The tropical intraseasonal oscillation
The Madden-Julian Oscillation (MJO) can be described as a colossal region in the Indo-Pacific warm pool in which thunderstorm activity has dramatically increased or decreased. This anomalous region can be several thousand kilometers across, and usually propagates eastward at a speed of around 5 m/s . These rainy or dry periods are often referred to as MJO active or suppressed phases, respectively, and often occur one after another, hence the name oscillation. The name Madden-Julian Oscillation comes from Roland Madden and Paul Julian, who discovered the MJO in 1971 using the station and sounding (weather balloon) data available during the period.
The basic features of the MJO can be understood in terms of interactions between deep convection (thunderstorms), water vapor and large-scale waves. Some of my work has been trying to elucidate these feature and understand their interactions.
Regions of enhanced water vapor over the tropics act as focal points for precipitation, that is, precipitation prefers to occur in regions of high humidity. This region of precipitation in turns creates a large scale circulation in order to maintain a balance in vorticity (rotation) and temperature (buoyancy). This large-scale circulation takes the form of equatorial Rossby and Kelvin waves (seen in the gray plate to the left), which evolve in unison with the thunderstorms. However, these circulation anomalies themselves cause the region of enhanced moisture to become displaced, which results in a propagating rain area.
The above description of the MJO from reanalysis highlights the complexity of processes across different scales—from clouds to moisture to large-scale wave dynamics—all of which must be well represented in order to accurately simulate the MJO's structure. Improved representation of cloud processes and their interaction with moisture may be crucial to our understanding of MJO dynamics, yet no existing theoretical framework for MJO dynamics incorporates all those processes.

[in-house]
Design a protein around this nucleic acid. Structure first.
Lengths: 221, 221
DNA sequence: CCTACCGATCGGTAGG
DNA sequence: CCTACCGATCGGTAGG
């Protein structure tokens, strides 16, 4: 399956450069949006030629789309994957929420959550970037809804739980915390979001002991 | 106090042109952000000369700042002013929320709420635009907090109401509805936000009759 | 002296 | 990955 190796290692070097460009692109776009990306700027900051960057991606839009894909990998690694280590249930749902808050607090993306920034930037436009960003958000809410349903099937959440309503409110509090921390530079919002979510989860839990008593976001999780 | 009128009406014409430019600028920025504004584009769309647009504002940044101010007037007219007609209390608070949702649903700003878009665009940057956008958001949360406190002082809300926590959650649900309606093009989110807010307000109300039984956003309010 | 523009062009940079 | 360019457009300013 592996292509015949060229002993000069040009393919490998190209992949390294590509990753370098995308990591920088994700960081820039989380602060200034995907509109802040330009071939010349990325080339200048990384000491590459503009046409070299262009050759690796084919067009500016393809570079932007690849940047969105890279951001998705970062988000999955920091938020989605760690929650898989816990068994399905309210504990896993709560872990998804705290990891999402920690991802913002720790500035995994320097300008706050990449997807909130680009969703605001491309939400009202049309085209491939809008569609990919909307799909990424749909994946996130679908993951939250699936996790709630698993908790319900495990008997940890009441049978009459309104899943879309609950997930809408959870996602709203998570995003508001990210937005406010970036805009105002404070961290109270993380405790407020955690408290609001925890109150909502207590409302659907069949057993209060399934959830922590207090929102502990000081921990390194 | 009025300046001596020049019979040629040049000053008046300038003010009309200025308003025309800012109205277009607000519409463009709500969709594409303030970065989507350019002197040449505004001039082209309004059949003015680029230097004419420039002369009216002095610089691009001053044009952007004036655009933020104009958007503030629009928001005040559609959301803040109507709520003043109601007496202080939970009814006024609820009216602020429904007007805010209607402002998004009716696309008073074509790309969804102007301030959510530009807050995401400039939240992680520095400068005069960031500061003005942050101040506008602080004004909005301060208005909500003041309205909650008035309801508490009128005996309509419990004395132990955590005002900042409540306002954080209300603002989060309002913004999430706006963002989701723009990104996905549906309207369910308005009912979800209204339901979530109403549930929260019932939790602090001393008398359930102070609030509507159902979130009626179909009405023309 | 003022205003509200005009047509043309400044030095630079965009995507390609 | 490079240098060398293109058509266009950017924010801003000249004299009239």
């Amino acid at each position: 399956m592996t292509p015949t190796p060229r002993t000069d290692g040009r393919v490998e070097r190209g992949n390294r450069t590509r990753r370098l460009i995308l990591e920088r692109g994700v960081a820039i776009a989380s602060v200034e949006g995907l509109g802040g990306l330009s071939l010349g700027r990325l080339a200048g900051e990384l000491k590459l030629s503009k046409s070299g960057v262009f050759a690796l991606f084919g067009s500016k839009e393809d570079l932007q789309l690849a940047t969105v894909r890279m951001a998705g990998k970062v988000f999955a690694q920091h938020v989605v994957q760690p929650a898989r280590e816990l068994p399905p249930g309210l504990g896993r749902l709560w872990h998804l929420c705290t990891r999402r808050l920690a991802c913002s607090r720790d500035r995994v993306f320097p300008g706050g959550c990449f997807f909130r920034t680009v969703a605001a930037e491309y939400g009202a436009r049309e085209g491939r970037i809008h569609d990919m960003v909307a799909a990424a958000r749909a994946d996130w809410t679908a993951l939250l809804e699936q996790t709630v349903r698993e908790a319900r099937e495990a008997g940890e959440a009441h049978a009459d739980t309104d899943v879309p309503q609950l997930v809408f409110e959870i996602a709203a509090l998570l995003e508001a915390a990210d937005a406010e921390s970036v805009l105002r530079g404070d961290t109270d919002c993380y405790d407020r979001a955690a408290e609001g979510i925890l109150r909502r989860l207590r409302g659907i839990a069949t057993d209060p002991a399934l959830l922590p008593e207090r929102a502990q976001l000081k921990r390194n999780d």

In order to improve our theoretical understanding of the MJO, I used a simplified version of the description above to create an analytical framework of the MJO that could describe its essential features. This led to the derivation of a dispersion relation (a mathematical solution that describes the properties of waves) that has a form as shown to the right. This solution describes the MJO as a transient wave with an eastward phase speed and a westward group velocity.
The MJO modulates tropical precipitation and is directly associated with flooding events over the Indo-Pacific warm pool. Through its dynamic signature, the MJO affects the Earth's angular momentum as well as extratropical weather.
The modulation of extratropical weather over certain regions is linked to specific phases of the MJO. The animation to the right shows the upper tropospheric strucutre of the MJO (shaded) and its related extratropical wave train (contoured). The reason why extratropical wavetrains appear only during certain phases of the MJO has to do with variations in the jet stream. In regions where the jet stream is weakening, the MJO able to tap onto the jet's energy and drive weather patterns at higher latitudes. This interaction is the main driver of enhanced activity over higher latitudes.